Powershell Remoting for Non-Domain Test Machines

NOTE – This isn’t particularly secure, but it works.  It’s a bit better than configuring WinRM in unencrypted mode though.

Got some non-domain joined Windows machines and you want to get WinRM running in a hurry so you can do some stuff remotely?  Do this.

On the server (the thing you are remoting to);

Invoke-WebRequest -Uri https://github.com/ansible/ansible/blob/devel/examples/scripts/ConfigureRemotingForAnsible.ps1 -OutFile ConfigureRemotingForAnsible.ps1
.\ConfigureRemotingForAnsible.ps1
winrm quickconfig

That script is taken from Ansible, and configures a host with a self-signed SSL cert for use with WinRM.  The final line then configures up the WinRM listeners and firewall rules.

Then, on the client (the thing you’re remoting from);

# enter local admin creds here
$creds = get-credential  

$so = New-PSSessionOption -SkipCACheck -SkipCNCheck
Invoke-Command -Computername YOURSERVERHERE -UseSSL -SessionOption $so -Credential $creds -ScriptBlock { get-childitem env: }

You should see a dump of the local environment variables on the target machine, indicating that the invoke worked.  You can now do whatever Powershell remoting stuff you want to do.

Note, this doesn’t actually check the CA cert provided, so you can be MITM’ed and have your credentials captured.  For better security you should use a properly signed certificate on the server and trust it on the client correctly, but this will work fine for a home setup where you’re in control of all the layers (network, client and server).

Good luck.

Netflow Collector on Splunk – Interesting Bug

The Splunk Add-on for Netflow appears to have a bug.  If you run through the configure.sh script accept all the defaults, it refuses to ingest any Netflow data.

This is because its script deletes all ASCII netflow data that’s older than -1 day old.

You can easily fix this by either rerunning configure.sh again and typing in every value, or edit /opt/splunk/etc/apps/Splunk_TA_flowfix/bin/flowfix.sh and change the following line;

# Cleanup files older than -1
find /opt/splunk/etc/apps/Splunk_TA_flowfix/nfdump-ascii -type f -mtime +-1 -exec rm -f {} \;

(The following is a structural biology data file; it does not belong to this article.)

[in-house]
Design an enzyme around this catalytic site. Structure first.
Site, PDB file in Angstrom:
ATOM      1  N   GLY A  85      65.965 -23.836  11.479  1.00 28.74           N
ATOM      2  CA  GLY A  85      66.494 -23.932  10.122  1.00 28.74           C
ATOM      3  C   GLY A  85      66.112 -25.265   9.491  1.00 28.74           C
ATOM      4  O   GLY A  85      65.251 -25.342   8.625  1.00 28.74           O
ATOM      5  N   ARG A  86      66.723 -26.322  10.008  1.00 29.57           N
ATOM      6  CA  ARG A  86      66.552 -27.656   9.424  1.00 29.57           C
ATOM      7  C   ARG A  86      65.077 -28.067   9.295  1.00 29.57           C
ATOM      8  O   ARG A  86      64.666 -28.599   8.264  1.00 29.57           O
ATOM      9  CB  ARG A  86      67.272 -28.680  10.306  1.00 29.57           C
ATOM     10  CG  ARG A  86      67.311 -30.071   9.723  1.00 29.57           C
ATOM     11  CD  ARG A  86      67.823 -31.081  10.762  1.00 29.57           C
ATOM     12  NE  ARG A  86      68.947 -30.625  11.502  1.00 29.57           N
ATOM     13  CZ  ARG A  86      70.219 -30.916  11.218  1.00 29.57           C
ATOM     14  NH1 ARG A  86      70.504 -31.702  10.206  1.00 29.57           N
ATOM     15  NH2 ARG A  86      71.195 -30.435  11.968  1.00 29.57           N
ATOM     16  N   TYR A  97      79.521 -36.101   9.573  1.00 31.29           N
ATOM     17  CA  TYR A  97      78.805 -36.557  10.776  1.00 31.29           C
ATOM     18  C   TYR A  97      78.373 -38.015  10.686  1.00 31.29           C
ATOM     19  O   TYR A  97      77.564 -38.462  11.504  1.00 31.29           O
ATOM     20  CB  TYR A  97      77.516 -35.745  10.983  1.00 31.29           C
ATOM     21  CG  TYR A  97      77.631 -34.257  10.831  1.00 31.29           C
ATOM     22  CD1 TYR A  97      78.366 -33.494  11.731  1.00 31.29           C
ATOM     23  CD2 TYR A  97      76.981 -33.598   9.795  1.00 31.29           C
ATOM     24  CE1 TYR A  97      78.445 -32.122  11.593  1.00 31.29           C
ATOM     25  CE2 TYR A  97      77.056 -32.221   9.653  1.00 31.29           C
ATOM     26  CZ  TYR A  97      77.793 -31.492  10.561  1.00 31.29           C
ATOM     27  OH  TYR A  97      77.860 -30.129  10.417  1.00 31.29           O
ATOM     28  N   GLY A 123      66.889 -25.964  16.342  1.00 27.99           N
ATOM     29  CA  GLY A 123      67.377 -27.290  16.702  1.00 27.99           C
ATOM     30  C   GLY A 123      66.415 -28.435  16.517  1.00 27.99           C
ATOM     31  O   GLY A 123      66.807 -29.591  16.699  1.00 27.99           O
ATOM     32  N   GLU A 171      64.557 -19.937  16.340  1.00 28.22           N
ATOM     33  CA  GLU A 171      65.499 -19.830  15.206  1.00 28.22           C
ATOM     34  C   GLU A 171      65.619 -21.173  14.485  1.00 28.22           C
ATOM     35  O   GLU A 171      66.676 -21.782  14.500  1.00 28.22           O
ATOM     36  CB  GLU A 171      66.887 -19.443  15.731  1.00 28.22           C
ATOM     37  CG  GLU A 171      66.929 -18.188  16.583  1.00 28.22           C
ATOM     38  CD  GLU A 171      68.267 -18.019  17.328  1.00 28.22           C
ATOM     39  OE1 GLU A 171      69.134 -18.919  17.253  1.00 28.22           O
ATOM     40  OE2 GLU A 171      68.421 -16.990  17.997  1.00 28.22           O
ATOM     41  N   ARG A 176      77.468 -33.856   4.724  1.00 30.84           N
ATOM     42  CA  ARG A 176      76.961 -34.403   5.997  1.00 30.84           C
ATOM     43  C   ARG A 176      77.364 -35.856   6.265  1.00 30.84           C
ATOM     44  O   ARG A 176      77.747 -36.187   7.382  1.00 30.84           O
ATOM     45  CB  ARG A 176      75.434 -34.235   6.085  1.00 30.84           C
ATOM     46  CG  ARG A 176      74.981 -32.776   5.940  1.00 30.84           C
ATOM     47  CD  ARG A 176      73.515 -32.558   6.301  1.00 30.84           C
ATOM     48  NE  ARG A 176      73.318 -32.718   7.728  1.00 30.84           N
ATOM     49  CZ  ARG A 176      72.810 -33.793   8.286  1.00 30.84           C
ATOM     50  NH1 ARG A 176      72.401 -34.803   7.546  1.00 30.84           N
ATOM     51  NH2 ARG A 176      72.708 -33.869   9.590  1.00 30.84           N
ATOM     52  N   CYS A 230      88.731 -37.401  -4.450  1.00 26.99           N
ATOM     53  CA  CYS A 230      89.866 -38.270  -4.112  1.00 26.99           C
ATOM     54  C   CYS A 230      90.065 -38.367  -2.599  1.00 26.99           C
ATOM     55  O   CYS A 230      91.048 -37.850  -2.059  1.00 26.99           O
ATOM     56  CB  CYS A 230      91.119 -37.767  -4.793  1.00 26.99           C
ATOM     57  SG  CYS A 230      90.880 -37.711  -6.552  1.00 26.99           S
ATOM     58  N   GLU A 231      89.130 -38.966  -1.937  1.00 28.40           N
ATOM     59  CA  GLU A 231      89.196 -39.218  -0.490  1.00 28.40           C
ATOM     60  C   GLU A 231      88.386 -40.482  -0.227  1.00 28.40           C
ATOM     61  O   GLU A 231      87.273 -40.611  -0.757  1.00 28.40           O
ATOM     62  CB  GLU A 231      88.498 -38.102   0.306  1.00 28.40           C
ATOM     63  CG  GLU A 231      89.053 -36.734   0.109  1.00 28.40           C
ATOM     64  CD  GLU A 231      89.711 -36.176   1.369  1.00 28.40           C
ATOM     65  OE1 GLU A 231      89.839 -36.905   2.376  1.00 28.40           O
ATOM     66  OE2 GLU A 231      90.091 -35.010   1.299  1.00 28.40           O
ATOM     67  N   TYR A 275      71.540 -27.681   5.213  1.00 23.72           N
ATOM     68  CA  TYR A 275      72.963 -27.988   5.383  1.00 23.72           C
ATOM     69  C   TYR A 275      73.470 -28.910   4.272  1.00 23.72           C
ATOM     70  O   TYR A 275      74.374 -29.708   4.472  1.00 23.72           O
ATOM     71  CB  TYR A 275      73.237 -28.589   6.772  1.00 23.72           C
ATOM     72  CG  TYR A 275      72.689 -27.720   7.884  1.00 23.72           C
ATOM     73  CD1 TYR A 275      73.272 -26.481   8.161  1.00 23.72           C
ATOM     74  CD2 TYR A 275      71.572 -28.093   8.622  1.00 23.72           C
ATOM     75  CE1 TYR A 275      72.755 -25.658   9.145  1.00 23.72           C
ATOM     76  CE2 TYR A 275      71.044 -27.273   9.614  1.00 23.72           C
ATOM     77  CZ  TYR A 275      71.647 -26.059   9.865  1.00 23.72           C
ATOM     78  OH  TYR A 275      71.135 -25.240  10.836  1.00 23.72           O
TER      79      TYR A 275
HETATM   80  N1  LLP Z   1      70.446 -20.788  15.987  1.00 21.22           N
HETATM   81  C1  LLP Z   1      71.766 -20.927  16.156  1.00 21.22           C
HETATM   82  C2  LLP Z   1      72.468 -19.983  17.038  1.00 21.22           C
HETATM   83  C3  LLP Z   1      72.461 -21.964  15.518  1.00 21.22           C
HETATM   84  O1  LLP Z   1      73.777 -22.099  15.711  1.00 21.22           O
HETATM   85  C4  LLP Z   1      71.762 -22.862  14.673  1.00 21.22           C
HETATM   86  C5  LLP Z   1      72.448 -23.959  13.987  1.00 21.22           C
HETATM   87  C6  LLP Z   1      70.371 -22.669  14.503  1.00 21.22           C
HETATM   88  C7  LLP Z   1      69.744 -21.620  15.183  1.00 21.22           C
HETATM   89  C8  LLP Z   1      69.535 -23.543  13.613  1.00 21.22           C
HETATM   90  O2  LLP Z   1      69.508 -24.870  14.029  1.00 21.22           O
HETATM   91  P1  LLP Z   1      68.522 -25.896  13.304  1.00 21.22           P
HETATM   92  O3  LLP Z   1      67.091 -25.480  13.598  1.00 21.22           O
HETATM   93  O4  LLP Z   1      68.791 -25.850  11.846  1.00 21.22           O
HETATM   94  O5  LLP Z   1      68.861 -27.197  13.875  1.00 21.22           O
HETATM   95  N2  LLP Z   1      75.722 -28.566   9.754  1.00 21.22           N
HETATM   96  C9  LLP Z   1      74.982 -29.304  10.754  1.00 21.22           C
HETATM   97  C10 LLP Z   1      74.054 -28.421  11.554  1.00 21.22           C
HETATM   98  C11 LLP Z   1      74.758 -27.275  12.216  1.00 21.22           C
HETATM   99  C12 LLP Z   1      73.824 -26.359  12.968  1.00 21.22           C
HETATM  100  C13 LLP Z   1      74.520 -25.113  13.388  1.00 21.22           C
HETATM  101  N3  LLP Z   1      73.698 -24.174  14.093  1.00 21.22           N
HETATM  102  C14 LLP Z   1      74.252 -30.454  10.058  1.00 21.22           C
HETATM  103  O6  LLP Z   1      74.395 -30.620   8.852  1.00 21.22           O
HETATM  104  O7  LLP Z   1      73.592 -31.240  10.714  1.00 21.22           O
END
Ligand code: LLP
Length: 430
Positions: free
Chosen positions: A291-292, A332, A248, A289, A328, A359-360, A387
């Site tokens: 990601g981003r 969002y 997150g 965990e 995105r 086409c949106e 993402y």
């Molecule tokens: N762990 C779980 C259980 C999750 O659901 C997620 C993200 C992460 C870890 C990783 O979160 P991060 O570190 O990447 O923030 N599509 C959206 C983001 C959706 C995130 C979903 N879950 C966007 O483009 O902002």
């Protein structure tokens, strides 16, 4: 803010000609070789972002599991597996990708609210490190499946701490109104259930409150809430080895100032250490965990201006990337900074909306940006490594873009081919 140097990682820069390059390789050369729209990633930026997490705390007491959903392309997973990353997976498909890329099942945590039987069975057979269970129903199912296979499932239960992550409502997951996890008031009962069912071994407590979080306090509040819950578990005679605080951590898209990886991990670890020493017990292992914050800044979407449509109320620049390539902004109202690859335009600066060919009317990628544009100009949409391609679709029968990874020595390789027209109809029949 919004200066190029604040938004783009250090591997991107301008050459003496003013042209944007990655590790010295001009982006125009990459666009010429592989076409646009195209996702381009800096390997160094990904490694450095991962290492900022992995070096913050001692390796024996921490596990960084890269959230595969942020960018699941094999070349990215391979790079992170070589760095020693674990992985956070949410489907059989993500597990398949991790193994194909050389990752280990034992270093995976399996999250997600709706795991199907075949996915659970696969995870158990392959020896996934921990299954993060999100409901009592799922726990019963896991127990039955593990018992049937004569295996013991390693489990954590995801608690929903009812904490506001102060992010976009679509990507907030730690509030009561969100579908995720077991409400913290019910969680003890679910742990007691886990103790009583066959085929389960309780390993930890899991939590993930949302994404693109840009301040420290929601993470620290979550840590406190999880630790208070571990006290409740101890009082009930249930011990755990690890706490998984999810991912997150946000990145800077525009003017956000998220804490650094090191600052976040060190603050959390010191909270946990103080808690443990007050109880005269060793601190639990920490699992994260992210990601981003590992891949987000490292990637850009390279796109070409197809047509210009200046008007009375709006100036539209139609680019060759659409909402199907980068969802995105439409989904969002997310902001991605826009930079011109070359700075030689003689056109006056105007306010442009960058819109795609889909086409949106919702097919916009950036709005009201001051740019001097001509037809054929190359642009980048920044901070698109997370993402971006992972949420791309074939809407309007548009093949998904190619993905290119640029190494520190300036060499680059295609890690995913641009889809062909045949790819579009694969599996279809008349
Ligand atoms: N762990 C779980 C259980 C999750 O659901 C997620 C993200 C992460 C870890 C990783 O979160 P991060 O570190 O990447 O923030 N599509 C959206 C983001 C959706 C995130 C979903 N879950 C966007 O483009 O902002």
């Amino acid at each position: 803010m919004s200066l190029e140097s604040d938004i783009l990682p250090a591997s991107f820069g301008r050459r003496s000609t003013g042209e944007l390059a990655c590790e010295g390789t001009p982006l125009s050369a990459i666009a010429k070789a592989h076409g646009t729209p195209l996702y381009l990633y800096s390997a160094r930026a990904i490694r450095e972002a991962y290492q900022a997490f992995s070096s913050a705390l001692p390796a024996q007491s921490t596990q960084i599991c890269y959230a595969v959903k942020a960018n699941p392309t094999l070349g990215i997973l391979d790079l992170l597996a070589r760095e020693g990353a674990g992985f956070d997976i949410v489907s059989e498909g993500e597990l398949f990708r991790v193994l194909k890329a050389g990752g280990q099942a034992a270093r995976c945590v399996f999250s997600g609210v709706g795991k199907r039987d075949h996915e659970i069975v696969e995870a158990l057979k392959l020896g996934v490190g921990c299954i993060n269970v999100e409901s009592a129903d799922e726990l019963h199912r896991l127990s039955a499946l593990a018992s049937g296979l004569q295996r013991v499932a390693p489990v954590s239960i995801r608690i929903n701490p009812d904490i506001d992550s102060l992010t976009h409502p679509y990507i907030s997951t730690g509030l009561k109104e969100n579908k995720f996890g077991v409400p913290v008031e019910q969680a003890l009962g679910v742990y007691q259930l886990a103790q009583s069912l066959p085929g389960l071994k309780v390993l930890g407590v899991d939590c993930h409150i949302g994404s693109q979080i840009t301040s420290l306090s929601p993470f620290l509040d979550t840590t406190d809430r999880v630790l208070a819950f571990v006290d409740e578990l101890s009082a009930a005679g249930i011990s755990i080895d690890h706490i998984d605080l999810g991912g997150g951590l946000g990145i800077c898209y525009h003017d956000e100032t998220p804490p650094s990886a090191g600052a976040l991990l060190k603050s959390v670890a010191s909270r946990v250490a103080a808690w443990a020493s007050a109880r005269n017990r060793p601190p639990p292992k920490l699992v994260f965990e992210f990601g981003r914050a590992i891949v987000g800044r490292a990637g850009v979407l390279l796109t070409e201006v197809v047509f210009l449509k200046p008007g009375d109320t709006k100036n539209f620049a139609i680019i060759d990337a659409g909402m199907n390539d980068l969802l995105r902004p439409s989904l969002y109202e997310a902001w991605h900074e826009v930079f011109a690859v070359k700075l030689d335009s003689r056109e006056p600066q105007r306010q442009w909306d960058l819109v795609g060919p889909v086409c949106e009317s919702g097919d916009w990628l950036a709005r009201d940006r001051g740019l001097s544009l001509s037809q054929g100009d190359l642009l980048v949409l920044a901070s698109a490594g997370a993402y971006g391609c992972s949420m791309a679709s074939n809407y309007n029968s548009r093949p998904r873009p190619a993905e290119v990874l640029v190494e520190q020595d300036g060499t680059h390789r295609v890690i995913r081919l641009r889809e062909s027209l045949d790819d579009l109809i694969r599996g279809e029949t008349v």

Change the +-1 to +1.  This tells the script to clean up all ASCII netflow data older than 1 day (ie, not everything older than some time in the future).

Splunk integration with Docker

I’ve changed over my log aggregation system from ElasticStack to Splunk Free over the past few days.  The primary driver for this is that I use Splunk at work, and since Splunk Free allows 500Mb/day of ingestion, that’s plenty for all my home stuff.  So, using Splunk at home means I gain valuable experience at using Splunk professionally.

What we’ll be talking about here is how you integrate your Docker logging into Splunk.

Configure an HTTP Event Collector

Firstly, you’ll need to enable the Splunk HTTP Event Collector.  In the Splunk UI, click Settings -> Data Inputs -> HTTP Event Collector -> Global Settings.

Click Enabled alongside ‘All Tokens’, and enable SSL.  This will enable the HTTP Event Collector on port 8088 (the default), using the Splunk default certificate.  This isn’t enormously secure (you should use your own cert), but this’ll do for now.

Now, in the HTTP Event Collector window, click New Token and add a token.  Give it whatever details you like, and set the source type to json_no_timestamp.  I’d suggest you send the results to a new index, for now.

Continue the wizard, and you’ll get an access token.  Keep that, you’ll need it.

Configure Docker Default Log Driver

You now need to configure the default logging method used by Docker.  NOTE – Doing this will break the docker logs command, but you can find everything in Splunk anyway.  More on that soon.

You will need to override the startup command for dockerd to include some additional options.  You can do this on CentOS7 by creating a /etc/systemd/system/docker.service.d/docker-settings.conf with the following contents;

[Service]
ExecStart=